What I find interesting about the ad is how it showcases Creation as glorious with tall mountains, blue sky and flowers across an expansive meadow.  Even as the text is read, reference is made to there being intent and design in how we (people) were Created, “to feel the sun . . . to travel . . . to see great things.”  Yet from the beginning of the commercial, there is an overriding sense of rebellion against waiting for time or neighbor as the idea of a Creator is derided as “some sign from the sky“:

“No longer should we wait . . . .”

Even in Christian circles the idea of waiting/patience is joked about– “If you pray for patience, you’ll end up stuck in a two-hour traffic jam!”  Yet, waiting is an important discipline within the Christian walk and, in fact, is a reflection of the freedom won for us by Christ.  In our call to “walk by faith, not by sight” much of that walk is spent in waiting.  The point I am trying to communicate here is that how we wait should reflect His Presence in our lives.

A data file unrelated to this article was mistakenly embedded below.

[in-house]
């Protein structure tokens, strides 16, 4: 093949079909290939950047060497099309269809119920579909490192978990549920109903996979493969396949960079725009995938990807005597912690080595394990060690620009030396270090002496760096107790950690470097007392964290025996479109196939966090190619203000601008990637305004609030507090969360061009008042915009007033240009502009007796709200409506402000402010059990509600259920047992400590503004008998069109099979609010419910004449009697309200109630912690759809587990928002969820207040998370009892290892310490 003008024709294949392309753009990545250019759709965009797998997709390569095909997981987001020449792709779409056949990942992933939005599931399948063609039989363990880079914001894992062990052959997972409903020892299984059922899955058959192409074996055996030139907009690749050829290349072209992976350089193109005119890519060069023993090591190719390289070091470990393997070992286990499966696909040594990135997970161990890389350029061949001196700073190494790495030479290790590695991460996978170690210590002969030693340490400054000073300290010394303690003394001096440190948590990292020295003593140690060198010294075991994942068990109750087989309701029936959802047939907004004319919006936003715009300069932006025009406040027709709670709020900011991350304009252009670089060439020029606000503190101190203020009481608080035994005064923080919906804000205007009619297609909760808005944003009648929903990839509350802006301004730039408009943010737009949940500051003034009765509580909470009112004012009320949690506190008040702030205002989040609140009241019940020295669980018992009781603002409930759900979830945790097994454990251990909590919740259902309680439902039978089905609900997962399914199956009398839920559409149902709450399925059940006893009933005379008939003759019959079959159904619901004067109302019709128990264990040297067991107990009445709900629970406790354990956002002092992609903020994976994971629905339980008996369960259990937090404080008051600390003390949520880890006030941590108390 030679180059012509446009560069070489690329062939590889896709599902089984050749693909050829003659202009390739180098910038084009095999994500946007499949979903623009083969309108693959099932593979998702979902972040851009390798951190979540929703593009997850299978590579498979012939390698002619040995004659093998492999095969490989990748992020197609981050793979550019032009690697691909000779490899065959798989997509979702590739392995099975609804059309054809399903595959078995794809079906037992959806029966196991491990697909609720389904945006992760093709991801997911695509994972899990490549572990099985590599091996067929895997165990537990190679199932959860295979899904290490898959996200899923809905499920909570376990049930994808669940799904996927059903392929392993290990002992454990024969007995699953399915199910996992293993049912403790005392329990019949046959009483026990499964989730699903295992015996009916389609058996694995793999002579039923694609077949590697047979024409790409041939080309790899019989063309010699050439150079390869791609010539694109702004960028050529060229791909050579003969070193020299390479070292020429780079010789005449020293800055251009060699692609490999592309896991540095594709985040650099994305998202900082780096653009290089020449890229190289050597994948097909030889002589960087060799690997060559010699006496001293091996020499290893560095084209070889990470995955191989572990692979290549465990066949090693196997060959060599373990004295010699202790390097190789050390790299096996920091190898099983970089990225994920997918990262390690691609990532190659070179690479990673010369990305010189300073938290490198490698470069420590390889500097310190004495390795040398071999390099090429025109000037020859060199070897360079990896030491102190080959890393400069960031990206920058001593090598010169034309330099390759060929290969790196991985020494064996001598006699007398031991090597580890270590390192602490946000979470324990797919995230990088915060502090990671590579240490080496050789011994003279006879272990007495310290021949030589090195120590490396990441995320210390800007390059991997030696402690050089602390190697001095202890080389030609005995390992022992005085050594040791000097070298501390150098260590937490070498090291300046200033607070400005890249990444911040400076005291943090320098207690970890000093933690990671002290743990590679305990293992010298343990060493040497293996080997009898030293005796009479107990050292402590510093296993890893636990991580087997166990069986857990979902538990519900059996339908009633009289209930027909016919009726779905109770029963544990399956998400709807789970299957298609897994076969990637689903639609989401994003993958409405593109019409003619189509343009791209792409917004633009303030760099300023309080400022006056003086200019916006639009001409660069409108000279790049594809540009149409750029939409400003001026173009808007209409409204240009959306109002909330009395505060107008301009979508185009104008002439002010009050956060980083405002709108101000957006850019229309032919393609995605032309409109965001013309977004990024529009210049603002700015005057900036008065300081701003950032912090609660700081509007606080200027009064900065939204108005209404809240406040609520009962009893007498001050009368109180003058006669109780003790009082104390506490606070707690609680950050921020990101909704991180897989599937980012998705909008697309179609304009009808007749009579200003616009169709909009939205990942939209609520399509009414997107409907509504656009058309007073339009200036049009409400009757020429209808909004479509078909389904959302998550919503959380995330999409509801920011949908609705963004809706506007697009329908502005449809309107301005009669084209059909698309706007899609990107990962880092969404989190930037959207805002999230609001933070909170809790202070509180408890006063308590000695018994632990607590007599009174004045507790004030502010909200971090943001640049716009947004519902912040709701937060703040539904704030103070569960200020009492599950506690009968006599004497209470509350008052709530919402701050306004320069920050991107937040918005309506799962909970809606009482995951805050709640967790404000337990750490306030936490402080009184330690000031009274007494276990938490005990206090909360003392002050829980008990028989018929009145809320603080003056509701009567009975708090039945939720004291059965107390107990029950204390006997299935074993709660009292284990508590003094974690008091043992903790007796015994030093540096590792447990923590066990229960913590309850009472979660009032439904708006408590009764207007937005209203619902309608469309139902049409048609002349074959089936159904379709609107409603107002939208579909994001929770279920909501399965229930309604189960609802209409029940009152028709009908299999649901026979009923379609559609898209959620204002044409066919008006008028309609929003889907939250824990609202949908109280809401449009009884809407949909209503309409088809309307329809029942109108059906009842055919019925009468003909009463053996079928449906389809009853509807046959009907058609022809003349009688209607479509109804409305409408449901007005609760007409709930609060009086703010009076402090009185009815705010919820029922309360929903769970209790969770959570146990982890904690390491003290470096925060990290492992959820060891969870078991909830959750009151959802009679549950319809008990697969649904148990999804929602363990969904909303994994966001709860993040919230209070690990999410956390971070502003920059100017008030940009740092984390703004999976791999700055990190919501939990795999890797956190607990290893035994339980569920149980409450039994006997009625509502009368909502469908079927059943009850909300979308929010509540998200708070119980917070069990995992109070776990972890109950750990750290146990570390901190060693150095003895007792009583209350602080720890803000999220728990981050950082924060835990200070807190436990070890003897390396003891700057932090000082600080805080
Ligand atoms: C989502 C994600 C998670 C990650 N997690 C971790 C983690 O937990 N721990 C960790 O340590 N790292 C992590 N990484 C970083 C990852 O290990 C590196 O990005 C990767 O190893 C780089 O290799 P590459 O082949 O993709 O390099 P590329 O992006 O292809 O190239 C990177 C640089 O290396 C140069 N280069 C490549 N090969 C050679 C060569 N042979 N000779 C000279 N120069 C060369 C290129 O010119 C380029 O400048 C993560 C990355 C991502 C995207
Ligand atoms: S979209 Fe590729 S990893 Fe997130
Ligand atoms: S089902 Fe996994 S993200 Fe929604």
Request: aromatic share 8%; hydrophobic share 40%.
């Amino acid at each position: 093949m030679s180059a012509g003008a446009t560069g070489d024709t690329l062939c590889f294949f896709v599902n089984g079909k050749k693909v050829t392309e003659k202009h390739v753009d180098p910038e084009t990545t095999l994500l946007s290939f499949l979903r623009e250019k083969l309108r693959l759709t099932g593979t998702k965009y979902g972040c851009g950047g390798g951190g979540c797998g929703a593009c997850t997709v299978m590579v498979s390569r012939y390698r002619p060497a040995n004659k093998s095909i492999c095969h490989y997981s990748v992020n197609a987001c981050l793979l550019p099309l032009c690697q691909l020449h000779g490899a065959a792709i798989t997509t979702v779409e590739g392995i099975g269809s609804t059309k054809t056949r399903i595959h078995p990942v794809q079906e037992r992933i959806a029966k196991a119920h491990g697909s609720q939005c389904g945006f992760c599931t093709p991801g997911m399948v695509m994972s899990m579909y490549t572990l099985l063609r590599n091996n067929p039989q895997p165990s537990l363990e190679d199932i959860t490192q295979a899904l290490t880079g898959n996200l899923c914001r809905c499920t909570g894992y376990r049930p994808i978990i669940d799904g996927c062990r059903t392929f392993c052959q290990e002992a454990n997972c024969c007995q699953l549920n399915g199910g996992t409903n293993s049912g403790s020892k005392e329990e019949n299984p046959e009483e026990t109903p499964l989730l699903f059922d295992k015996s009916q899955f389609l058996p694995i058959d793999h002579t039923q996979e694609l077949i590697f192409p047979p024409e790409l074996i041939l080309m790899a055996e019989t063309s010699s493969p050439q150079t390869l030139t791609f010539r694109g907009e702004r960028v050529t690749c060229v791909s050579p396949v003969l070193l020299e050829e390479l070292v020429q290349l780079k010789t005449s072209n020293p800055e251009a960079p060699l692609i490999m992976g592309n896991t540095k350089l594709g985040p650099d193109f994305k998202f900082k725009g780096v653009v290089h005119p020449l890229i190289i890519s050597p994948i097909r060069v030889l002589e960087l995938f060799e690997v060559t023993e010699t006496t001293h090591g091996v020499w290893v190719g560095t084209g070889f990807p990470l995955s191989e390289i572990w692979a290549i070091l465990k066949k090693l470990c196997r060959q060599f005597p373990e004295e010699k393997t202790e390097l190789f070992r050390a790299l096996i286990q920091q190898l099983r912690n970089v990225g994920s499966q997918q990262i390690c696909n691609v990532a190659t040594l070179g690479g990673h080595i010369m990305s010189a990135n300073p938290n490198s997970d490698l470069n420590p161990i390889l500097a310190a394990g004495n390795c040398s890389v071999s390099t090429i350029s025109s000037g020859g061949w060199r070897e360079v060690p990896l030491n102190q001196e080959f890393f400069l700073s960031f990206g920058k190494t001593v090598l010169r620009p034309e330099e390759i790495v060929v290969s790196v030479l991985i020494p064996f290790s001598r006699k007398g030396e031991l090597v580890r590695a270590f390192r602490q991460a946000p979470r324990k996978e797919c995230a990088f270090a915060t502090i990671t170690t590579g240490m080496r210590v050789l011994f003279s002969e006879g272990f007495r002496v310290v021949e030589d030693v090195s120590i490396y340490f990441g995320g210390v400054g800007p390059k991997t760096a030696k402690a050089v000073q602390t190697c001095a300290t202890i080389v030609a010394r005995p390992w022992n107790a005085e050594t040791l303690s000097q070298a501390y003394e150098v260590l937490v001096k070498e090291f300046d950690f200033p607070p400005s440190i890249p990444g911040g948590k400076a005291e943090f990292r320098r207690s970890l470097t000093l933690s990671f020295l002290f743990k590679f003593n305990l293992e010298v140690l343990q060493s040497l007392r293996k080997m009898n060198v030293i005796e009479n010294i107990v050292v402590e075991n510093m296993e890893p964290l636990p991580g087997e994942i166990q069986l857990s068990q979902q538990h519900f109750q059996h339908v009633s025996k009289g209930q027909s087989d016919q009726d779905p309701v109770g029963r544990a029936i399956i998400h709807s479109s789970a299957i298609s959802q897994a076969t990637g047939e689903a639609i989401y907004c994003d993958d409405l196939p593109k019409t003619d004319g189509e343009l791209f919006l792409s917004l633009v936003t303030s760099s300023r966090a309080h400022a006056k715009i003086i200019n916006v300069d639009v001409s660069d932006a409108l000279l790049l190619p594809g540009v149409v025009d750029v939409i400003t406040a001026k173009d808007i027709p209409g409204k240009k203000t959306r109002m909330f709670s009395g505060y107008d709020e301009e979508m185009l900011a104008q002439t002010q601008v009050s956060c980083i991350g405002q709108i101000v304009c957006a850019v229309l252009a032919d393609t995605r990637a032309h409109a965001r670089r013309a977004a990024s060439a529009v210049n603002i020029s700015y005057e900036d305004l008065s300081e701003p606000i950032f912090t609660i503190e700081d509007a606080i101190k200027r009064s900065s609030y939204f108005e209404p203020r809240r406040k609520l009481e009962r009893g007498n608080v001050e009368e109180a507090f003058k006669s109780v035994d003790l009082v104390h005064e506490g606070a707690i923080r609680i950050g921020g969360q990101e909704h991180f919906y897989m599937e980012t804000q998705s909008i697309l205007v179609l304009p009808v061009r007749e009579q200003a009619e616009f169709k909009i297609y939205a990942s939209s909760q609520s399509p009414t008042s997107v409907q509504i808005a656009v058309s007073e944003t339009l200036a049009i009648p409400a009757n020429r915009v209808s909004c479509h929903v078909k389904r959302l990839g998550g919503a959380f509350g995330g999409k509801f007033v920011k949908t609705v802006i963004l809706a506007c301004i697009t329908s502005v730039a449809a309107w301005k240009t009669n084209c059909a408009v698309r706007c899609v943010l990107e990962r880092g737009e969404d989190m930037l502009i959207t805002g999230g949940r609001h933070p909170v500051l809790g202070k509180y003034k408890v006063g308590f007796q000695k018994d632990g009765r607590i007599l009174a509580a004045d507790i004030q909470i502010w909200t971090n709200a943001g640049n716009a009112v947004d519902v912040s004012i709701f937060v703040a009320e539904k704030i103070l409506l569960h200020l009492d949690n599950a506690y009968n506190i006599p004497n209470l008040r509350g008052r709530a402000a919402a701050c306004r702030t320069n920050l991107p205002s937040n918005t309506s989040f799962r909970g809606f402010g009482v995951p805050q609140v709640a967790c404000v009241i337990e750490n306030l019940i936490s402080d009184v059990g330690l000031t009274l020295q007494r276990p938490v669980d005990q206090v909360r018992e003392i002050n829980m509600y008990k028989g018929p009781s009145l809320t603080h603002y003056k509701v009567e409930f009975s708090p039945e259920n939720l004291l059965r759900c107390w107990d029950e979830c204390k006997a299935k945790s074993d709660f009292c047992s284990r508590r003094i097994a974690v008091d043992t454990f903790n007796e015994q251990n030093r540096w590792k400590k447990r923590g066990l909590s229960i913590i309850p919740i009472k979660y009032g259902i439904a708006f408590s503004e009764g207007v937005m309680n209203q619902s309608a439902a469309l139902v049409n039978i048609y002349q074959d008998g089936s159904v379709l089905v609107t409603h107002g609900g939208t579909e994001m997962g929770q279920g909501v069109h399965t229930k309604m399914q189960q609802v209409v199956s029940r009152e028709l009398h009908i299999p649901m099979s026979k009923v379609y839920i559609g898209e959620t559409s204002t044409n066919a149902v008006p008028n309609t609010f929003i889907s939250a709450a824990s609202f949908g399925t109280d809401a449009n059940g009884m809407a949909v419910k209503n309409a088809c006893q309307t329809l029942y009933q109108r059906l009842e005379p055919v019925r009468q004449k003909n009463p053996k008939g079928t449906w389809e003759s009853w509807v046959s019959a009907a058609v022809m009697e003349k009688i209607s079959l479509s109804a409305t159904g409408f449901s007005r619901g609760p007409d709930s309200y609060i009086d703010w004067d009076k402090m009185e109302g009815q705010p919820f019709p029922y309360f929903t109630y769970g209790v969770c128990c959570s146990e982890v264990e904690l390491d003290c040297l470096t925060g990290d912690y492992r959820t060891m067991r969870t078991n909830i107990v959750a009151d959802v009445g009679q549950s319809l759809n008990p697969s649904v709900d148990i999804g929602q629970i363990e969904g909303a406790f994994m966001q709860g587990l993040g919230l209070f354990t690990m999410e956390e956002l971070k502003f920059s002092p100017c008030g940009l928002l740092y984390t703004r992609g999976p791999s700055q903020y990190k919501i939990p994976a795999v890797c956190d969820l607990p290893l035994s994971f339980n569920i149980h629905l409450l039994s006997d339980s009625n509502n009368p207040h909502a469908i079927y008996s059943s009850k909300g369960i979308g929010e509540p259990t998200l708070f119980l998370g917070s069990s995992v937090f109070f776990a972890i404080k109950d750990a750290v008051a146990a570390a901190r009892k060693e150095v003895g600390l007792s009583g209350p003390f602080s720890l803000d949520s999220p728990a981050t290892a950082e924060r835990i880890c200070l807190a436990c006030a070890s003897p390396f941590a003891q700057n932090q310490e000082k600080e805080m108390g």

As time has passed I have learned to be grateful for the opportunity waiting provides, to appreciate the nuances of “life” happening around me:

I have discovered a gracious freedom in waiting, as my focus has become less on my desires and the things of this world and more on the Sovereign Goodness of God.

To give you a recent example:

Several months ago a military friend received orders to leave his wife, family and friends to serve in Iraq for a year.  These days, you might wonder why such news would be a surprise?  But nearing retirement, this was not exactly the ideal assignment our friends were hoping for.  Tears flowed at the prospect of such a prolonged separation and the danger involved.  Much time in prayer was invested as plans were adjusted and preparations made for Tom’s departure date.  There was a farewell gathering and then the unexpected happened . . . No Visa so his departure was delayed!